17 years.The distillery itself is not the prettiest in Kentucky, but the plain and functional plant buildings make a serious and traditional, full-bodied Kentucky dram. The plant sits on Wild Turkey Hill, in the little town of Lawrenceburg in Anderson County. It perches dramatically atop a gorge that plunges down 300 feet to the Kentucky river below. Around the distillery the landscape is a bluegrass tapestry of fertile green fields, dotted with black-painted barns and criss-crossed with plank fences. It is perfect bourbon country, but don’t expect to order a Wild Turkey at a down-home café in Anderson County. Thanks to Kentucky’s southern Baptist influence, this is a brown bag county – you can buy the whiskey in a store but not in a restaurant. The best bet is a 25-mile drive east to Lexington, where the laws are more liberal. You can visit racehorse stud farms along the way, or stop in at Kentucky Horse Park, which showcases everything equine.Jimmy was taught the craft of bourbon making by Bill Hughes, the master distiller who made whiskey at Boulevard Distillery before Prohibition in 1920, and was hired back after its repeal in 1933. Jimmy started work there in 1954, when Ernest Ripy Jr was the manager. The Irish-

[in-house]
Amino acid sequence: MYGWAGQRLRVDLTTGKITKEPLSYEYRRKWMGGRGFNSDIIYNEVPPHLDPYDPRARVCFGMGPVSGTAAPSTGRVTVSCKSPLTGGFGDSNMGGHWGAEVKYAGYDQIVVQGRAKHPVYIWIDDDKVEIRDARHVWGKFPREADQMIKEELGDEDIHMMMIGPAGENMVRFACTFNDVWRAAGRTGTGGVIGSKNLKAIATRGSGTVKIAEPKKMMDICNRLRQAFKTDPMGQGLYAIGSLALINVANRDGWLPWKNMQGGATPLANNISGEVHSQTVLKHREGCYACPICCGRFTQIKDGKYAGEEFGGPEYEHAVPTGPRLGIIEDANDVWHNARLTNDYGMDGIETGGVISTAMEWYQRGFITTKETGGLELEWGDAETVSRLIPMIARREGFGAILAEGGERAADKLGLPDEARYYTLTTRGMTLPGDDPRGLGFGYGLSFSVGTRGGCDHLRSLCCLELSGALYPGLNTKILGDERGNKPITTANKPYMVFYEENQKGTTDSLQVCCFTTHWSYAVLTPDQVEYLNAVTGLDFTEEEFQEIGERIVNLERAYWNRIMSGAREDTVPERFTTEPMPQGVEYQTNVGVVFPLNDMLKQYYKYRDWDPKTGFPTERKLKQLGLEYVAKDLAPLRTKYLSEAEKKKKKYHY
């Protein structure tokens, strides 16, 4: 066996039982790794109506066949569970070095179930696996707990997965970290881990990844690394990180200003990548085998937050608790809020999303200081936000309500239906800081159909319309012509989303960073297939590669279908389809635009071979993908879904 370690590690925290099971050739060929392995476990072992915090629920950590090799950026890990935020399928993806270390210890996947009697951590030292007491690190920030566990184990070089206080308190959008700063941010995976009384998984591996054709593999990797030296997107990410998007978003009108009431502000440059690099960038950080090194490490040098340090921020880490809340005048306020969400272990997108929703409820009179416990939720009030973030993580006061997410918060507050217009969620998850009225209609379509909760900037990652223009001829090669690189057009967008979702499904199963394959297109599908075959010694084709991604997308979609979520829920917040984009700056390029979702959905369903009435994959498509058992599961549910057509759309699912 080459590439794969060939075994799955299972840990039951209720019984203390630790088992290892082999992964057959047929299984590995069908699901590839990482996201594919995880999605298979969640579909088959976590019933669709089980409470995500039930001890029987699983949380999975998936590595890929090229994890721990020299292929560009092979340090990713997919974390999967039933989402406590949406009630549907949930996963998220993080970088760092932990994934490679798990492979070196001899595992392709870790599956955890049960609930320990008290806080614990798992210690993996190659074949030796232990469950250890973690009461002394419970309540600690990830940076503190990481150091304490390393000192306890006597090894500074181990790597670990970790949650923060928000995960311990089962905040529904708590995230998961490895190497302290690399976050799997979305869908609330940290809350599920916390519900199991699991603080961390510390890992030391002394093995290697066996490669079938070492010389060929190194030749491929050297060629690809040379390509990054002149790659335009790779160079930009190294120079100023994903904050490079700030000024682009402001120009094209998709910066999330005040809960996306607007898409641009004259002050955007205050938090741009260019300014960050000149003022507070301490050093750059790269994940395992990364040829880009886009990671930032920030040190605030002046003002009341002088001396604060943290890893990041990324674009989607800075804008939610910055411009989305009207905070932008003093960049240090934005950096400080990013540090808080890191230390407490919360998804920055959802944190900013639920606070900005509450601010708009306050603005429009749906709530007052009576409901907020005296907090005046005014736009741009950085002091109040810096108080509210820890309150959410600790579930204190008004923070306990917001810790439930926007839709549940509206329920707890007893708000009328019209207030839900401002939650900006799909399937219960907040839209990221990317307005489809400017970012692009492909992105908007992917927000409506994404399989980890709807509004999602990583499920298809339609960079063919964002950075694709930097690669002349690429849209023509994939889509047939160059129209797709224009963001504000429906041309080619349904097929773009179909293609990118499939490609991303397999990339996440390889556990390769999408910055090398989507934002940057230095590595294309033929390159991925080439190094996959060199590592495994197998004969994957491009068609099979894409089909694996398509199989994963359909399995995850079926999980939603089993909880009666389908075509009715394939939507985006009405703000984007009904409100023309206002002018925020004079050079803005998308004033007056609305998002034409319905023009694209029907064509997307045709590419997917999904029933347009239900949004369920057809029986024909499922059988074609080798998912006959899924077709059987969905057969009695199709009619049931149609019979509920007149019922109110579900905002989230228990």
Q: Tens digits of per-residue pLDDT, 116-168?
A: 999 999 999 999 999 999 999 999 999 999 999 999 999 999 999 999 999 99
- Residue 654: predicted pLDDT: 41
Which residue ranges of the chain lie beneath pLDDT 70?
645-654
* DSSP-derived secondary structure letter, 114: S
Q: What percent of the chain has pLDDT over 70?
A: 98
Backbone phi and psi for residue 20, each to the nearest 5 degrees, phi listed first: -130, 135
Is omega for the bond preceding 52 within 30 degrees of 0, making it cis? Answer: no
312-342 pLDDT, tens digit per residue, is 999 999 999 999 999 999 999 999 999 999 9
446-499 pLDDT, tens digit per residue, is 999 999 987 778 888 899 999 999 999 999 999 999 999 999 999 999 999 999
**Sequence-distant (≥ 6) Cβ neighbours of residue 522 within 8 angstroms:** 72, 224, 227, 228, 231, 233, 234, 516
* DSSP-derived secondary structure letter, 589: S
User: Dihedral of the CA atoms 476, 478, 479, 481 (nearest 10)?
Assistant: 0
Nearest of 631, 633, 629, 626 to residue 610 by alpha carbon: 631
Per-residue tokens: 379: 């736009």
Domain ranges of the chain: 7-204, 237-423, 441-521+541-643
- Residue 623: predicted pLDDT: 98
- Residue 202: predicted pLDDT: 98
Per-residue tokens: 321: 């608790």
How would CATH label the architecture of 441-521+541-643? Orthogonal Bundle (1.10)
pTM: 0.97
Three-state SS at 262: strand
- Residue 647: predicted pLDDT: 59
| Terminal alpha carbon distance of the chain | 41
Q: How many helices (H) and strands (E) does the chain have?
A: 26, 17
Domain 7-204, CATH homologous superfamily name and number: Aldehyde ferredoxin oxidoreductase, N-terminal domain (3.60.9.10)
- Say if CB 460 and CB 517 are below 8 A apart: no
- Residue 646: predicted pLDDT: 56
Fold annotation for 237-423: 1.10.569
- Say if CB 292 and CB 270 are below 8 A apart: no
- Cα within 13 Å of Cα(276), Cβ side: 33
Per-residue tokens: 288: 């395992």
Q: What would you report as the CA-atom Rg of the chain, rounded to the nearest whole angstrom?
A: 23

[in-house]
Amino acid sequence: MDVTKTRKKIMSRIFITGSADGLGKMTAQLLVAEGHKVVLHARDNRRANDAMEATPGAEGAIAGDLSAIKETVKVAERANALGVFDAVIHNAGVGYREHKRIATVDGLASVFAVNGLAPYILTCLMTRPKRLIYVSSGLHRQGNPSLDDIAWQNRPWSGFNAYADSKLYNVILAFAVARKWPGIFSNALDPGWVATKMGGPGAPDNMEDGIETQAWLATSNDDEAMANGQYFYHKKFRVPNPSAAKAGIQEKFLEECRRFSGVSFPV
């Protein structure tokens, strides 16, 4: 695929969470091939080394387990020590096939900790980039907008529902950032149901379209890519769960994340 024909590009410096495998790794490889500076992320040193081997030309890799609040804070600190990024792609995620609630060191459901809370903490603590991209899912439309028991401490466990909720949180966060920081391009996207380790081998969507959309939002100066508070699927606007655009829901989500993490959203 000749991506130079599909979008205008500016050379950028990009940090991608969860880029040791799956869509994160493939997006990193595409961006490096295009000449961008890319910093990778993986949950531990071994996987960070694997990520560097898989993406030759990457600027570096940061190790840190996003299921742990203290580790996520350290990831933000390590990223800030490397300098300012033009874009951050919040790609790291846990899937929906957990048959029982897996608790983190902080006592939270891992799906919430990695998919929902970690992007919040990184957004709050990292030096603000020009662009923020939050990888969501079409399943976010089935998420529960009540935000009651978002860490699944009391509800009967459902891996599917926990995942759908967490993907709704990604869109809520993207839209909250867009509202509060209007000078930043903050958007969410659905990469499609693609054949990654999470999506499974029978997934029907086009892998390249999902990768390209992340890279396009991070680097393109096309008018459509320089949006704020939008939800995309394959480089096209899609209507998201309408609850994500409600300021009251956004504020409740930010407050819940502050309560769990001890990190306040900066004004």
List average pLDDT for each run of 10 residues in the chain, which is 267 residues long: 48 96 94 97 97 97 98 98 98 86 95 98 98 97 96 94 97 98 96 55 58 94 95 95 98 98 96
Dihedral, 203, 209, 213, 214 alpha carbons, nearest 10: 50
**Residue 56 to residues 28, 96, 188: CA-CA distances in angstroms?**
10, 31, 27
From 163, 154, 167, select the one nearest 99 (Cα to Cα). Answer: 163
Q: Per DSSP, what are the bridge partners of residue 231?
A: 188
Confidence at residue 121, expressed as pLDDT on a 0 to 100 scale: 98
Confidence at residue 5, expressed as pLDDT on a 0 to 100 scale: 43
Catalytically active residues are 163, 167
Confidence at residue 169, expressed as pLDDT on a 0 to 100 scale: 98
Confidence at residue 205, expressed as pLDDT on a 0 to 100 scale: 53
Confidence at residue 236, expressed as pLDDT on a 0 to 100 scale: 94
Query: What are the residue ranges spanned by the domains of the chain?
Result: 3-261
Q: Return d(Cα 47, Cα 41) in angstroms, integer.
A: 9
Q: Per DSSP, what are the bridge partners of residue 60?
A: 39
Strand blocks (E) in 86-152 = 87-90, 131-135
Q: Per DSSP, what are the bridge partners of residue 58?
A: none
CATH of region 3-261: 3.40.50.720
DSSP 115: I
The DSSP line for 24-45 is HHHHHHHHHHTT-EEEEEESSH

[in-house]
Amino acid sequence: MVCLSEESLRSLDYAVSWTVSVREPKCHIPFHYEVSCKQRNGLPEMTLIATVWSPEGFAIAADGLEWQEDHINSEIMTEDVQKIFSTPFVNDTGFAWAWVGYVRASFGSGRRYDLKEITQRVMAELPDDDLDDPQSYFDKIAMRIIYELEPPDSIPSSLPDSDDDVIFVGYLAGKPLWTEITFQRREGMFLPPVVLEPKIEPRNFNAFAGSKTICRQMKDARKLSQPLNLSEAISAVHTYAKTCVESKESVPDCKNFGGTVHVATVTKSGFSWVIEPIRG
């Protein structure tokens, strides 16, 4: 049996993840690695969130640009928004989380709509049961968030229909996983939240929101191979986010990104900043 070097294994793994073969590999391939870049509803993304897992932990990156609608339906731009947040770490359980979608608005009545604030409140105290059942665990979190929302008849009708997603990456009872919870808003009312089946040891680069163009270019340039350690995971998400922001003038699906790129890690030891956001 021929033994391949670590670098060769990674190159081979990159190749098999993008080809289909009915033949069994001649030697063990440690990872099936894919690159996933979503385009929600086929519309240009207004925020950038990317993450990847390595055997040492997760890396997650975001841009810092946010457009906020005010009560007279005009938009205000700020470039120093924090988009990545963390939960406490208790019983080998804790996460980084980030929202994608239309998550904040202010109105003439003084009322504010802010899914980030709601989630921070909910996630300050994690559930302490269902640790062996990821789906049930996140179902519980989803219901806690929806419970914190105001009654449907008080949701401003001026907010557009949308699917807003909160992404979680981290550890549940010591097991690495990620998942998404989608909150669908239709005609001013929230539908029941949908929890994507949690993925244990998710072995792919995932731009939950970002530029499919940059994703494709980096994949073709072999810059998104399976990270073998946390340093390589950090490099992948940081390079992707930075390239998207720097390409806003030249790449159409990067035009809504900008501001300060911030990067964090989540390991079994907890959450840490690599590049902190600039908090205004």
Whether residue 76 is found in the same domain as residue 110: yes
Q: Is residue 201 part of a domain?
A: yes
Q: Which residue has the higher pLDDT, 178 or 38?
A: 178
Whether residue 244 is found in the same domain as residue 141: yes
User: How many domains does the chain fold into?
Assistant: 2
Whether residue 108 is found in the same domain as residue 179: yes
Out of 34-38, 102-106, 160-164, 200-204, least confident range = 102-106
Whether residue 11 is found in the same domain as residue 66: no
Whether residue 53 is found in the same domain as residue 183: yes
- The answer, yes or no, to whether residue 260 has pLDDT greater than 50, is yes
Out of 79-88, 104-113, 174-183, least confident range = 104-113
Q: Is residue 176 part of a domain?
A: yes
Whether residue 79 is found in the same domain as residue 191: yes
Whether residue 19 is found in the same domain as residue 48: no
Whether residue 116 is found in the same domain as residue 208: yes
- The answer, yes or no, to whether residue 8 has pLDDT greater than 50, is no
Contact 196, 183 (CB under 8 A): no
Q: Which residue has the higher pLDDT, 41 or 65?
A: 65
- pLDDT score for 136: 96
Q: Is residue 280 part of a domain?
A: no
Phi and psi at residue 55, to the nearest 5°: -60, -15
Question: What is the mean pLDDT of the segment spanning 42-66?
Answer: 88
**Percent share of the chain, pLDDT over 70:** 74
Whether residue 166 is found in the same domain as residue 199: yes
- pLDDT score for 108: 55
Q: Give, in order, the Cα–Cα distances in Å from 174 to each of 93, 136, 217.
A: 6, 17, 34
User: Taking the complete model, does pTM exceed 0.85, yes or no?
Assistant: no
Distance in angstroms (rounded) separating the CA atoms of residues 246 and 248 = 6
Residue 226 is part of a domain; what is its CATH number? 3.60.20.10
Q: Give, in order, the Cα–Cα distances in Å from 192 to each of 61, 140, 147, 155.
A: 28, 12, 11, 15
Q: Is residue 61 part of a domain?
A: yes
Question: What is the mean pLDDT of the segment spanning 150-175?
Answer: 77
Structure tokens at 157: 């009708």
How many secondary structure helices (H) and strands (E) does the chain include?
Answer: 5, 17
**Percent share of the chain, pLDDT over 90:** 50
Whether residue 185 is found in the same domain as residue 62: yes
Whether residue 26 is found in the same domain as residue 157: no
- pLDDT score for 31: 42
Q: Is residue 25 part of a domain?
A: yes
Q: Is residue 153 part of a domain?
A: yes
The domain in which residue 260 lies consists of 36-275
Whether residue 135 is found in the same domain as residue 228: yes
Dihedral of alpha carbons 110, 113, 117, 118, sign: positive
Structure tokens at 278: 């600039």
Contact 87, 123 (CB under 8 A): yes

American Ripy family can trace their bourbon heritage back to 1855, when their ancestors founded a distillery in Lawrenceburg on what is now called Wild Turkey Hills. In 1893, bourbon made by Thomas Ripy was selected from 400 whiskeys to represent Kentucky at the World’s Fair. Thomas died in 1905, and his sons modernized the current site after Prohibition in 1933, and began distilling again a year later with Bill Hughes running the stills.In 1855, the same year that the Ripys arrived in Lawrenceburg, a food importing and distributing company began business in New York under the direction of Friend Fitts. Mr Fitts had made his fortune in the California Gold Rush and his good luck continued to glitter on the east coast. After Prohibition, the president of the company, Thomas McCarthy, made the decision to expand into the liquor and wine business. McCarthy, under the company name of Austin Nichols, imported wines and spirits and began domestic production of its own line of liqueurs, gin, blended and straight American whiskies. (A straight whiskey contains no neutral spirits.)According to distillery sources, Wild Turkey originated in the early 1940s when McCarthy selected some straight, 101 proof bourbon from his company stocks as his contribution to a wild turkey hunting trip in North Carolina. The hunting partners who joined McCarthy for this annual shoot, all well-to-do businessmen from New York, were so impressed with the whiskey that they asked for it in following years. A canny marketing man, McCarthy named it Wild Turkey to commemorate the gatherings and introduced this private bottling for gentlemen sportsmen as an Austin Nichols brand in 1942. After years of success with the feisty Turkey, the company bought the distillery in 1970. Austin Nichols, in turn, was taken over by the French drinks company, the Pernod-Ricard Group, in 1980.Like all the Kentucky distilleries, Boulevard Distillery, the home of Wild Turkey, sits on a limestone shelf. The limestone serves as an ideal purifier for the creeks and springs that filter through it. Wild Turkey does not disclose its mashbill recipe, but according to Jimmy Russell, “Of all the distilleries, we use the lowest amount of corn for our bourbon recipe. There’s more rye and malted barley and all the grains are premium. The rye comes from North Dakota, the barley’s from Montana, and the corn is from Kentucky mostly and the plains of Indiana. We’re looking for about 40 gallons of beer per bushel from the grains. We use more rye and malt to get more flavour and body in the whiskey, and when we’re finished with it, the spent grains go to the catfish and shrimp farms down here, and to keep the cows of Anderson County happy.”Fermentation of the mash at Wild Turkey takes place in large, open cypress and stainless steel fermenters. The distillery cultivates its own yeast strain for the fermentation and the formula, once again, is a closely guarded secret. Jimmy is one of a few who know it. “The formula has been handed down through the generations,” he says. “Yeast cells from a refrigerated pure culture are added to a mash of rye and malted barley in the Dona tub. This yeast mash is added to the fermenters, and every few months we clean the culture by streaking cells from it and looking at them microscopically. We then choose the smallest, purest cells to start the growth of new cultures.”Wild Turkey’s beer ferments out at around 6.5 per cent alcohol by volume, and is pumped into a 40-foot high continuous still. “Both our stills are copper,” continued Jimmy. “The column still has 19 stripper plates and the beer is fed onto the 18th plate. The first distillation is the low wines, and this goes into the doubler (the second, pot still) as a liquid. Wild Turkey is distilled at a low proof, around 112 to 115 proof, so we get more flavour and body congeners coming over.”Wild Turkey is one of the heaviest, full-bodied drams of bourbon on the market. In addition to the grains and the distillation techniques, the white oak barrels in which it ages add their own signature. The staves, from oak trees in the Ozark Mountains of eastern Kentucky and Missouri, are air-dried for eight to nine months before assembly into barrels. Most importantly, they are given a heavy char at the cooperage. This process is more expensive, but the deep layer of char gives the whiskey the character Jimmy wants. “There’s more caramels and wood sugars going into the spirit with a heavy char,” he explained, “and it enhances the sweetness and vanilla in the whiskey.”After the barrels are filled with new spirit, they are transferred to one of the 24 open-rick, unheated warehouses, to let the oak and the climate of Anderson County work their magic. The 440,000 barrels of Wild Turkey rely exclusively on natural ageing. There are seven floors to each metal-clad warehouse, and the barrels are stacked three high on wooden ricks. About one third of the spirit evaporates in this warehouse system. According to Jimmy: “We have a tasting panel which checks each day’s production of whiskey before it is put in the barrels. Most of the tasters have worked around new whiskeys for 25 to 30 years and have a lot of experience. We also have a different panel of experienced tasters for our ageing whiskey. Beginning at two years of age, the whiskey is tasted every year to its full maturity. Complete records are kept not only on its taste, but also on its ageing proof and aroma.“The new make spirit is grainy with a hint of sweetness and clean in the finish,” he continued. “In the mature Wild Turkey 101, I’m looking for the vanilla and caramel in the nose and taste. I want flavour and body in Wild Turkey, and nobody’s questioned how it’s made in the 45 years I’ve been here. If they did, I wouldn’t believe in what I’m doing.” A worthy sentiment from a real ambassador.